When Woods Cross High School students return to band class, the classroom will look different than the way they left it.
Chairs are spaced 6 feet apart to ensure social distancing, and students will be required to cover the bell (the flared opening) of brass and wind instruments such as trumpets, French horns, tubas, saxophones and clarinets. Music stands and chairs will be sterilized.
And students will be required to wear a face mask while playing — by cutting a slit in masks for the mouthpiece of their instrument.
Todd Campbell, director of bands at Woods Cross High, has two goals as he also serves as president of the Utah Music Educators Association during the COVID-19 pandemic: “The first one is to keep kids and teachers safe,” he said, “and the second is to keep music in the curriculum.”
Many school districts have released reopening plans for the fall, and while there is a statewide face mask requirement for K-12 students, the Utah Department of Health allows an exception for “a school-sponsored activity or physical education class if the individual cannot reasonably participate while wearing a face covering.”
Some districts have taken this to mean that band and choir students are required to wear a mask during classroom instruction, but are exempt from mask wearing while playing an instrument or singing.
In Murray, choir students will not be required to wear a mask while singing, said district spokesman Doug Perry, but they will be socially distanced and might practice outside. In a similar approach at the Granite School District, choir classes will likely spread out in an auditorium so students can sing without wearing masks, said district spokesman Ben Horsely.
But some teachers say it is critical to wear masks while singing or playing an instrument.
Campbell is following recommendations from a University of Colorado Boulder and University of Maryland study on the amount of respiratory aerosols (tiny droplets in the air) that are released while playing wind and brass instruments, singing, acting, speaking and dancing.
Preliminary results suggest that covering the bell of an instrument and wearing a mask can significantly reduce the concentration of aerosol released. The International Coalition of Performing Arts posted the most recent version of the study findings on YouTube on Aug. 6.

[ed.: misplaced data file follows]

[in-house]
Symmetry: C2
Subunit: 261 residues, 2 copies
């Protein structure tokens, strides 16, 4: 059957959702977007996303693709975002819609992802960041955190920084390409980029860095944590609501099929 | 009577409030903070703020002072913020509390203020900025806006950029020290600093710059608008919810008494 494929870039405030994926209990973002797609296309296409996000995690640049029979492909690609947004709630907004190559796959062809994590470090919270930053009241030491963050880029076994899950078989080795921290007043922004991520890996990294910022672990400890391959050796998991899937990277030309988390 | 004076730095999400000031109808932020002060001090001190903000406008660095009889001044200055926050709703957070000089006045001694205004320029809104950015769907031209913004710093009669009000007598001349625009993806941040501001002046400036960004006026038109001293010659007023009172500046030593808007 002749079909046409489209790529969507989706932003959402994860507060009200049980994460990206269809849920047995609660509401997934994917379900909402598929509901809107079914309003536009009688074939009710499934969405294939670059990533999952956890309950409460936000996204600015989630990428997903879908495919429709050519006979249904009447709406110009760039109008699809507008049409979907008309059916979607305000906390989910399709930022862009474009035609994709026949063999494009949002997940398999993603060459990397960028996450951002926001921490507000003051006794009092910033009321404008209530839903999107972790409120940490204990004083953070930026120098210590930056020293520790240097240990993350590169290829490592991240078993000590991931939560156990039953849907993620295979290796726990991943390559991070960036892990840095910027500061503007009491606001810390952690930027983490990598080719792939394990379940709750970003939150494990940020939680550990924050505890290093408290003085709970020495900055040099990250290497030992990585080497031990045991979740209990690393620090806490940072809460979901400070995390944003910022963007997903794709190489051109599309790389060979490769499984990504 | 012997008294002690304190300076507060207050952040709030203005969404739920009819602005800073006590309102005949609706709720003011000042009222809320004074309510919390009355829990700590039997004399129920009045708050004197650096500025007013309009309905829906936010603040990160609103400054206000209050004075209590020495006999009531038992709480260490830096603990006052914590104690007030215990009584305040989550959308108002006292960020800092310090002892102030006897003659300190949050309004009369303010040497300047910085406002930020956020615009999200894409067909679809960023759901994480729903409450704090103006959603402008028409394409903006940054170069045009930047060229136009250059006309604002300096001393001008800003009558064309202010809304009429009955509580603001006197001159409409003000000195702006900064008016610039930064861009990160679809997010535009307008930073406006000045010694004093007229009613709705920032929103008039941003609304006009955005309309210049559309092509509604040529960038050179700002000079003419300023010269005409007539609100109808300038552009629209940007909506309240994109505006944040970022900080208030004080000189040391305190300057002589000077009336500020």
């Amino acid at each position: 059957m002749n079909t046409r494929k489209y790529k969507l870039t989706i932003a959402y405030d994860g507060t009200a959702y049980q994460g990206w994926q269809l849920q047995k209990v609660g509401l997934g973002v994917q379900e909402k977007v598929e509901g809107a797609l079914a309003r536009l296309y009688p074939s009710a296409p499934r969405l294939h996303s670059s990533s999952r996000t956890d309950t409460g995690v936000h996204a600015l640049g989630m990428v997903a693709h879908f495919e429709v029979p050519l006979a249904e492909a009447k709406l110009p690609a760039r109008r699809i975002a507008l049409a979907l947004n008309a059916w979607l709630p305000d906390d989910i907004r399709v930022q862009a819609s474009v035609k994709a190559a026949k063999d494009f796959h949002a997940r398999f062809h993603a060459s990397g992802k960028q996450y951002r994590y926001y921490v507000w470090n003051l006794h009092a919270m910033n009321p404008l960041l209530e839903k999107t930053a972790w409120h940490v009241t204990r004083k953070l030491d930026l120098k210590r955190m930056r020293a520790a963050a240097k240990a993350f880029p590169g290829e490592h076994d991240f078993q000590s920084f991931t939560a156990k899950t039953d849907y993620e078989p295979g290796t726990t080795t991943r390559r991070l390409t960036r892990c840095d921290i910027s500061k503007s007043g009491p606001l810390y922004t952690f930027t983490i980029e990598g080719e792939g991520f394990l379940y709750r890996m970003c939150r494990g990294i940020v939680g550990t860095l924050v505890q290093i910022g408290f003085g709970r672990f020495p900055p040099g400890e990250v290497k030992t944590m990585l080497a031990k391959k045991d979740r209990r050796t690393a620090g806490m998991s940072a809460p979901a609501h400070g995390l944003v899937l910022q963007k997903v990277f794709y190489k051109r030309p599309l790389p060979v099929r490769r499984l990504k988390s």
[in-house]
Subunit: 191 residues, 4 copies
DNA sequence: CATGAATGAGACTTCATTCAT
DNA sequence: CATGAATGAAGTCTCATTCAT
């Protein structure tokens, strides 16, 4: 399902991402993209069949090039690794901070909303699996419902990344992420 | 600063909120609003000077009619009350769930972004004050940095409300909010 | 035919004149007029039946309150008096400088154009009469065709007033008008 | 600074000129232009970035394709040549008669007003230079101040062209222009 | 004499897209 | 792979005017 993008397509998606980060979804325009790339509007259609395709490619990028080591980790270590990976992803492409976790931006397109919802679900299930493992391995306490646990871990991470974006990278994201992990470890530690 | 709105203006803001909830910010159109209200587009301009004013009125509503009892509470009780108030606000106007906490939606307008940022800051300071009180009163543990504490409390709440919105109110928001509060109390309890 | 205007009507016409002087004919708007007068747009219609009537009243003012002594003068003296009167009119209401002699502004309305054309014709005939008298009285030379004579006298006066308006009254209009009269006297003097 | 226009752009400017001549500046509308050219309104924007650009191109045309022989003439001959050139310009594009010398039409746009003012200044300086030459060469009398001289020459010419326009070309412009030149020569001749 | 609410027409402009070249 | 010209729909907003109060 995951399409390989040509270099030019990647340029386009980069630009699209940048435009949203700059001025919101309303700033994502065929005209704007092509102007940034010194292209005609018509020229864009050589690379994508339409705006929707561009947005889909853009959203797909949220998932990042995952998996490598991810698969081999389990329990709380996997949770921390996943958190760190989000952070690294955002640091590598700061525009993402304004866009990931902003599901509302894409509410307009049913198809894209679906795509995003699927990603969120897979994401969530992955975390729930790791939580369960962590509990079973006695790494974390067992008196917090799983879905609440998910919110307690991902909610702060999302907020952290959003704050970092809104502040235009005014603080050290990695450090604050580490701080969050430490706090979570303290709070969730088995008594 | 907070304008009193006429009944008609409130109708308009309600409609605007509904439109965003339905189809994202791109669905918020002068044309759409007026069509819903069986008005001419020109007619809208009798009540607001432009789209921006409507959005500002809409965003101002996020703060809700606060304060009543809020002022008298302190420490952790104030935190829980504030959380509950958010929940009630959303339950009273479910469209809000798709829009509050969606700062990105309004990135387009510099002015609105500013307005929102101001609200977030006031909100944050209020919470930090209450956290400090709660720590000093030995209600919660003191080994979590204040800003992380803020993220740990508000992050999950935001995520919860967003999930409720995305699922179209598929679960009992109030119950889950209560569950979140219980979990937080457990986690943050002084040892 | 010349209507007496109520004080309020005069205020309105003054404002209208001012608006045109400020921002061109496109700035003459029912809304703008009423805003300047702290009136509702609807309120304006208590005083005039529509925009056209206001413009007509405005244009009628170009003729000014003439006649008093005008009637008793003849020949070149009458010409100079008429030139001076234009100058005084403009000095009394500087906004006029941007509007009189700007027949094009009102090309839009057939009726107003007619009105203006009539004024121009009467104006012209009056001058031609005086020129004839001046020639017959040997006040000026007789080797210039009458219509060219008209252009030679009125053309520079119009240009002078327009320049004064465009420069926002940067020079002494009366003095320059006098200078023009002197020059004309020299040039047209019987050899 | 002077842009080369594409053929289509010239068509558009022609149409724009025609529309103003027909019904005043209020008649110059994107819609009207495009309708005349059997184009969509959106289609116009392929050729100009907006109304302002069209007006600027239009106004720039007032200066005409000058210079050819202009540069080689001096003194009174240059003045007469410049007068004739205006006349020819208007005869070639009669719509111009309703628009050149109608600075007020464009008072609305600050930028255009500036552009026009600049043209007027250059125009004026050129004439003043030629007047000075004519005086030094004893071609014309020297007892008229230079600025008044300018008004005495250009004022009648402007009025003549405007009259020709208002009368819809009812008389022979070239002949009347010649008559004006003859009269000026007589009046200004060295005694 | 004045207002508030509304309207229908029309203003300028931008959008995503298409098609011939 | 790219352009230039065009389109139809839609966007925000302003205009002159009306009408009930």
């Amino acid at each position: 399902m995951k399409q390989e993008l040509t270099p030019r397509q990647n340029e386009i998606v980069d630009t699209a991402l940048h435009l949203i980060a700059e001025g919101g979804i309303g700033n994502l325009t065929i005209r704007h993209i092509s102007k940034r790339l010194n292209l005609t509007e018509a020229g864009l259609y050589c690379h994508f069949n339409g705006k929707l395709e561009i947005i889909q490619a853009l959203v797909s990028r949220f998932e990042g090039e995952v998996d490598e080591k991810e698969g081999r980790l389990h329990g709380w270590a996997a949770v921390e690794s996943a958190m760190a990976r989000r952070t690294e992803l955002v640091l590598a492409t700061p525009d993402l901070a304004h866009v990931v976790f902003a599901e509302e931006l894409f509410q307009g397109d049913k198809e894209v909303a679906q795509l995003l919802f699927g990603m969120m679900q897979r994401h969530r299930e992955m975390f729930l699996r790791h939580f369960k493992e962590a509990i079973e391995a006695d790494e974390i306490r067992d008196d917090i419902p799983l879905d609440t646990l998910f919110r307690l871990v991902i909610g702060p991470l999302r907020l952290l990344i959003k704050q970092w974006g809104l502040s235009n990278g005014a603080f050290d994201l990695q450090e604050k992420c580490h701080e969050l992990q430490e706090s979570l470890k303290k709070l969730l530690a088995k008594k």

‘They need this’
Campbell said UMEA has met online with over 700 theater, art, dance and marching band teachers throughout the summer to develop plans to keep students safe. Teachers can find a complete list of resources, guidelines and recent science in a document on the UMEA website.
Leah Tarrant, choral director at Taylorsville High School and All-State Choir Festival manager for UMEA, said her students will be required to wear a face mask or modified face shield while singing this fall.
“I would hate for any of my kiddos to get sick because I didn’t take precautions,” said Tarrant, who has taught at the school for 23 years. “These families in this residential area have really come to trust me and I don’t want to hurt that trust, so I take this responsibility very seriously.”
In order to socially distance her 120 students, Tarrant will use the school auditorium — which seats 1,200 — as her classroom. She said students will sit 6 feet apart and every other row will be empty.
Her students will follow a specific seating chart in case someone contracts COVID-19 and their contacts need to be traced. The school also is considering limiting the audience capacity to 25% or livestreaming performances.
Tarrant said she’s thankful that students will be able to participate in choir during the pandemic, noting they were let down when their San Francisco tour was canceled due to the coronavirus.
“For the mental health of these kiddos, I think they need this in their life,” she said. “It’s just such a release for them.”
On the stage
Adam Wilkins, president of the Utah Theatre Association, said his theater students at Cottonwood High School will be required to wear masks while performing — and he said this shouldn’t reduce the sound quality.
For classwork, he intends to space students 6 feet apart in the school’s black box theater, a performance space with black walls and a flat floor. He also plans to follow directions from state health officials, which require each student participating in a school-sponsored activity to take a symptom assessment.
Wilkins also will limit physical contact between cast members, cut kissing scenes, limit the number of students on stage at one time and limit the number of props on stage.
To keep audience members safe, the theater will open an hour in advance, ushers will ensure that family groups sit 6 feet apart and viewers will be required to wear masks.